Wherever the Road Leads

The bleached-blonde, red-nailed, two-carat Ex

There have been a couple of posts where it may have appeared that I was speaking of my ex-wife in disparaging ways. It’s understandable that we ALL speak of exes in disparaging ways. If we didn’t they might not be “exes”.

If that was the impression I gave, I’d like to correct that. She was, and to the best of my knowledge still is, a very kind, sharp, educated, very successful in her career, intelligent and attractive woman. She always had the red nails and chose to become a blonde after about two years of marriage.

The two carats started out life as the original half-carat diamond engagement ring plus a half-carat of baguettes mounted on the side. The half-carat stone got traded up for a one-carat. The one-carat got traded up for a two-carat. For that influence, I ‘blame’ my ex sister-in-law, the best cook in the South. She loved jewelery even more than I did. She wore hers discreetly but it was noticeable if you had an eye. I still had two payments left on the two-carat when we divorced.

Southern women are different. My first trip to Alabama was to get away from the project I was working in Chicago. I really didn’t like it there. Honestly, other than ‘somewhere in the South’, I had no idea where Alabama was. I was there to work at a plant where they manufacture the catalysts for automotive catalytic convertors.

Catalysts – the insert, not the entire, enclosed unit – look like over-sized hornets nests about the size of a brick in a house. Other than the chemicals and trace metals that remove the toxicity, they are made with a very fine sand. The plant is kept as clean as possible but there is constantly a fine dust in the air. The production employees are provided full-body, white disposable jumpsuits to protect their clothes and skin.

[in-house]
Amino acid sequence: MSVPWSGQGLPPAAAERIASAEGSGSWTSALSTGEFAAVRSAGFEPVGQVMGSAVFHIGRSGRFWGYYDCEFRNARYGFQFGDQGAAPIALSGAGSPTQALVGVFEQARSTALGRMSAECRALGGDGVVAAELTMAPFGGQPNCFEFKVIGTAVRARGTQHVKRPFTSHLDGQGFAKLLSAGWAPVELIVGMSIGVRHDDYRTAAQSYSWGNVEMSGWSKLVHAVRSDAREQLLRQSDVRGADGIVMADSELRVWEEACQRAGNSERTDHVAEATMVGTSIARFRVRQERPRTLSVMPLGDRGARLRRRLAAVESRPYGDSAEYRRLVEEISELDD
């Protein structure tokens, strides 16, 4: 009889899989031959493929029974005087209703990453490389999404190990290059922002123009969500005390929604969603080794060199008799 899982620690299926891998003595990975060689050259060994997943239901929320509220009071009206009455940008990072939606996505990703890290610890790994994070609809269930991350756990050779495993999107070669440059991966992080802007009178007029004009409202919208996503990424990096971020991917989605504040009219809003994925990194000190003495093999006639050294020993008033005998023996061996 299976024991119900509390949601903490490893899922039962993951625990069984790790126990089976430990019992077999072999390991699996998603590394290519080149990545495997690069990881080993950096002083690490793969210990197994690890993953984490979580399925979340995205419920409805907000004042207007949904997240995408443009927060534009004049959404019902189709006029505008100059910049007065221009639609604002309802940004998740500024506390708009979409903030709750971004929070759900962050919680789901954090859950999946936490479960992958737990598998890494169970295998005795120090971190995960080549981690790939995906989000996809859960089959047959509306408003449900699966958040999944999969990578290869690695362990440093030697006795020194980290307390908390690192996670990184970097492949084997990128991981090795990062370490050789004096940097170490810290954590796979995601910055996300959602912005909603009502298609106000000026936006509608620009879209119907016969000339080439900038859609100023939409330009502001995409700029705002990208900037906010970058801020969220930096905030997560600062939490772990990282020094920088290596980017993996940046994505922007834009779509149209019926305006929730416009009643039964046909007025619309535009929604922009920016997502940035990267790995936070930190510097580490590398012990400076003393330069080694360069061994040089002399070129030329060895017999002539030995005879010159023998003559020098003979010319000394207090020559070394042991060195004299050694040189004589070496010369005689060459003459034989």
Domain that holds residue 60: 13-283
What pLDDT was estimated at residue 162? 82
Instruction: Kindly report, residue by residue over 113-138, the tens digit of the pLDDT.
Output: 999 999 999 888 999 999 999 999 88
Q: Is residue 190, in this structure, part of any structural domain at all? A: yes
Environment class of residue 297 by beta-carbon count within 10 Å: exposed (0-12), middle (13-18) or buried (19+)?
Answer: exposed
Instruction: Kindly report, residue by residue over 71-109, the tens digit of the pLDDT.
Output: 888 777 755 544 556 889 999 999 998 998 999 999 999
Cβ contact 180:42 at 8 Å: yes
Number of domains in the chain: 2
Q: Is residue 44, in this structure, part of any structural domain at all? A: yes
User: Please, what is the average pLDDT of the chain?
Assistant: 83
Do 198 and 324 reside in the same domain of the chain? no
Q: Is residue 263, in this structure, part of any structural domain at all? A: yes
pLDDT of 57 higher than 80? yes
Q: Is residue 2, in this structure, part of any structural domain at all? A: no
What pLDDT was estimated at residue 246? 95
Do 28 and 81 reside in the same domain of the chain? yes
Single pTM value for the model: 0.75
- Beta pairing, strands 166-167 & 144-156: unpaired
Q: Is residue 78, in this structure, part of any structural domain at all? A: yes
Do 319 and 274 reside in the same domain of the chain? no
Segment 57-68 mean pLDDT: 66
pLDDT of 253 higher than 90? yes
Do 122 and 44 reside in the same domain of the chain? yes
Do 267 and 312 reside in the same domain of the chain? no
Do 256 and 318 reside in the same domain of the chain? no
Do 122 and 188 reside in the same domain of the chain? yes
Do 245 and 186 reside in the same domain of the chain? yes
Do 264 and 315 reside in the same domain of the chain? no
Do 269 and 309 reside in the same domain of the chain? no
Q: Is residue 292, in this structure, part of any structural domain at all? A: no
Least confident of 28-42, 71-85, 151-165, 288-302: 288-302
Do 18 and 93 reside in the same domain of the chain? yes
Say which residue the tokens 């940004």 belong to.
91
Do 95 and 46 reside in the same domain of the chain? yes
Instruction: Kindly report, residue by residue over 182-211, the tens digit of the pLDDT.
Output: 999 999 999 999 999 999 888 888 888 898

The first time I walked through the plant, I was amazed. Everywhere I looked was a woman in white from the neck down and fully made up and coiffed from the neck up. In a dusty production environment, these women very much cared about their appearance. The B-B, R-N, 2-C Ex… let’s call her, “Belle”, works at that plant. Though not as a production worker. Let’s say you could find her a lot quicker looking from the top down than the bottom up. I married well.

Yes, the South has its fair share of Trailer Trash, Wal-Martians and the Southern women that the Bravo channel loves to glorify, like Honey Boo-Boo, Hill-billy Hand-fishing, Wedding Dress Adventures and the ones trying to build a four-wheeler mud bog track.

But there are others…

You might need some translating: “Momanem” is your parents, “Meemaw” is your grandma and she did not use “Duke’s” mayonnaise. We have to go to the hospital because, “your daddy done fell out of the deer stand again”. Also, the greatest football team is NOT Clemson, it is the Alabama Crimson Tide.

You will never find a more patriotic American than a Southerner. But it IS a different country down here from the rest of the United States. Some of y’all may have already seen my piece about Southern Pride from the website. Click here: Southern Pride.

I have a new FaceBook “friend”. She is from Alabama originally but has lived in the Chicago area for many years, married to a former boss of mine when I lived up there. I found it very interesting looking through her posted photos taken with her northern friends. Looking at one of these pictures, a blind man from forty paces away could have picked her out, she is so obviously Southern.

It’s everyday pride in appearance, hair, nails, make-up and matching baubles that makes a Southern woman a Southern woman. And “Belle”, the bleached-blonde, red-nailed, two-carat, squander-a-fortune-at-Christmas Ex, was all of that.



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